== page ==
The research was undertaken by Sarita Azad, Assistant Professor, School of Basic Sciences, along with her research scholars Pravat Jena, Sourabh Garg and Nikhil Ragha.

They studied the changes in the periodicity of monsoon rainfall and used the data to predict periodicity in future.

Their work has recently been published in the reputed American Geophysical Union peer-review international journal Earth and Space Science.

The Indian summer monsoon, the annual cycle of winds coupled with a strong cycle of rains, is undoubtedly India’s lifeline.

While the monsoon itself is a stable phenomenon, arriving almost like clockwork every year, the short-term fluctuations in annual rainfall are unpredictable and pose a great challenge.

Azad and her team developed algorithms that can accurately detect intense rainfall events, taking into consideration the triennial oscillation period and other factors such as the El Nino Southern Oscillation.

For this purpose, Jena has developed an algorithm to analyse the changes in periodicity of the monsoon. It predicts a decreasing intensity of rainfall in most parts of the country.

The team examined the spatial distribution of the triennial oscillations using rainfall data of 1,260 months between 1901 and 2005.

They analysed the power spectrum of the observed data and showed that the 2.85-year periodicity was present at 95 per cent confidence level over more than half of the 354 grids across India.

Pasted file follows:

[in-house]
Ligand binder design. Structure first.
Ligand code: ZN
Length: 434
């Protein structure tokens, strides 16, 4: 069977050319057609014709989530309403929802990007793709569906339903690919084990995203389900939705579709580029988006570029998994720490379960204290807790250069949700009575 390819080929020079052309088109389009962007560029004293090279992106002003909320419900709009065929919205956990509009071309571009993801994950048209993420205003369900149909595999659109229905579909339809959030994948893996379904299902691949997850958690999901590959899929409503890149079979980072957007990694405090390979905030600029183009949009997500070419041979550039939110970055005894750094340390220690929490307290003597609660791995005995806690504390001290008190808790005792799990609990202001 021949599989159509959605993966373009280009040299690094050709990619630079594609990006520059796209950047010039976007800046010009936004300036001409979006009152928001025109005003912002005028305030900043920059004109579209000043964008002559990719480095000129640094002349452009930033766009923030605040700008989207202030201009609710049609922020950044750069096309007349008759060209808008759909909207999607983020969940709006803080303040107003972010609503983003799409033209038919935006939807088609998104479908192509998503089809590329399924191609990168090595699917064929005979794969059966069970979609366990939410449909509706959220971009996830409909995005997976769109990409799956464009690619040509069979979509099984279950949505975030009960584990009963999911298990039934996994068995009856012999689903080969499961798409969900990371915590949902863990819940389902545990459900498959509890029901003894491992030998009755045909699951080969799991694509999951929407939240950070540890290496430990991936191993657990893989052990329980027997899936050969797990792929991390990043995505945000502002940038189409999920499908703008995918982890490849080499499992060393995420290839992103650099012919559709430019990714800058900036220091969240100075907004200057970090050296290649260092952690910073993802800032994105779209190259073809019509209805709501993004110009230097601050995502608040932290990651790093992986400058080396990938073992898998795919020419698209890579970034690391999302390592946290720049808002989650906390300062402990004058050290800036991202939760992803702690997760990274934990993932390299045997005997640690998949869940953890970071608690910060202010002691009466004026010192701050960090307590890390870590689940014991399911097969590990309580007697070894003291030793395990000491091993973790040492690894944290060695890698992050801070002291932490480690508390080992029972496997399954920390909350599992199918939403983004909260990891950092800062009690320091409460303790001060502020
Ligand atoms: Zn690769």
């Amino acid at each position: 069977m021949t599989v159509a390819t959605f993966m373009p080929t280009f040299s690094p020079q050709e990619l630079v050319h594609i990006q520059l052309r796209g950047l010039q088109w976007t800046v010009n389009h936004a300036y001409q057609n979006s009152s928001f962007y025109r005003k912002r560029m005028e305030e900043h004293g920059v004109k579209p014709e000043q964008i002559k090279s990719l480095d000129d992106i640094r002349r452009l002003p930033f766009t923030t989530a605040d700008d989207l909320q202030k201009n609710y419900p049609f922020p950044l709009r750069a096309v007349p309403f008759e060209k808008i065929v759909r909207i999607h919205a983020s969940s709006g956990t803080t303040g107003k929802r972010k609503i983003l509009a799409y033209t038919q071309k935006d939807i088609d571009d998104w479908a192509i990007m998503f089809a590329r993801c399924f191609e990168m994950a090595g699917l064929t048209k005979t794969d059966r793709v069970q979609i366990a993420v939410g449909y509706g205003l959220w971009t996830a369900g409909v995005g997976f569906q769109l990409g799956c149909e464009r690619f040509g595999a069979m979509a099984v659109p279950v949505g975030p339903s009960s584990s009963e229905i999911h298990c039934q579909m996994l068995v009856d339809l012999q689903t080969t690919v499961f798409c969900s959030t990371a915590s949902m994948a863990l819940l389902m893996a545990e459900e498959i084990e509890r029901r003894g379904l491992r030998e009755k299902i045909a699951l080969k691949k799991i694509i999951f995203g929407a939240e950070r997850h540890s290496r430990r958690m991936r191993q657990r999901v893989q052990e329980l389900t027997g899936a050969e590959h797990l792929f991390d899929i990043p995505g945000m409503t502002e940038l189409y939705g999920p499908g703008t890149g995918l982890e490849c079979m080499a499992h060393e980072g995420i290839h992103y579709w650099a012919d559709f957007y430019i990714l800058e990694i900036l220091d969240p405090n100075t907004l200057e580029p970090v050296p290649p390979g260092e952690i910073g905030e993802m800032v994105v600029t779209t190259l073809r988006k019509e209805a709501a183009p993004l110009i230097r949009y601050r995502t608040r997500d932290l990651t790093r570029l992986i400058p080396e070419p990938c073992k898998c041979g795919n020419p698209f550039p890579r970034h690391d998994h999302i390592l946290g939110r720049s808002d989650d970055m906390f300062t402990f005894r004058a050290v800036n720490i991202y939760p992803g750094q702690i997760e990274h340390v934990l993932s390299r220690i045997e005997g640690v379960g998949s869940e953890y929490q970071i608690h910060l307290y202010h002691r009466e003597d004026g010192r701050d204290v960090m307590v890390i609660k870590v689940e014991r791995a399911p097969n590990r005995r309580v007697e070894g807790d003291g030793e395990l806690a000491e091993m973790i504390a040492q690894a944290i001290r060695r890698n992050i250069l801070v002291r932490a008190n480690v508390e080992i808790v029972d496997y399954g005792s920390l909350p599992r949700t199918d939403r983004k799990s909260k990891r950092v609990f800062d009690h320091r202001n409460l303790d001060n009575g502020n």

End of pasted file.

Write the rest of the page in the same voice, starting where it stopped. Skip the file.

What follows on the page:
Indian monsoon downfall
Research reveals that changes in the periodicity of monsoon rainfall can result in the downfall of Indian monsoon by 2100. Pixabay

“We found that Indian summer monsoon rainfall has a periodicity of 2.85 years during which the monsoon tends to switch between strong and weak years. This 2.85 year period is called triennial oscillation,” Azad said.

In addition to the triennial oscillation, the quantum of rains that occurs during the monsoon is also connected to global climate phenomena such as the El Nino Southern Oscillation that recurs in a three to five-year period.

Understanding the relationship between triennial oscillation, its spatial distribution, and how it is likely to change in future is important for reliable monsoon prediction.

monsoon
Even after complex interactions both in temporal and spatial scales, monsoon showed a stable pattern till now. Pexel

Explaining the phenomenon, Jena said: “The monsoon involves complex interactions both in temporal and spatial scales. Despite complexity, the monsoon rainfall seems to show a well-defined pattern.”

The research team has projected the data into a collaborative framework-based simulation called the Coupled Model Inter Comparison Project to ascertain the future pattern of the 2.85-year period oscillation.

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The projections showed a weakening of this oscillation by the year 2100.

Azad added: “The triennial oscillation of the monsoon depends on global phenomena such as El Nino Southern Oscillation and the current triennial periodicity of 2.85 years may not hold good in future years, depending on the occurrence and periodicity of El Nino.”

Studies have shown that the periodicity of the El Nino Southern Oscillation itself is reducing, most likely linked to global warming, and this would have a direct impact on the strong-weak periodicity of the monsoon.

“A weakened triennial monsoon cycle will have a severe impact on agriculture and water resource management, particularly over the southwest coastal, northern, northeast, and central parts of India,” said Jena on the significance of their findings. (IANS)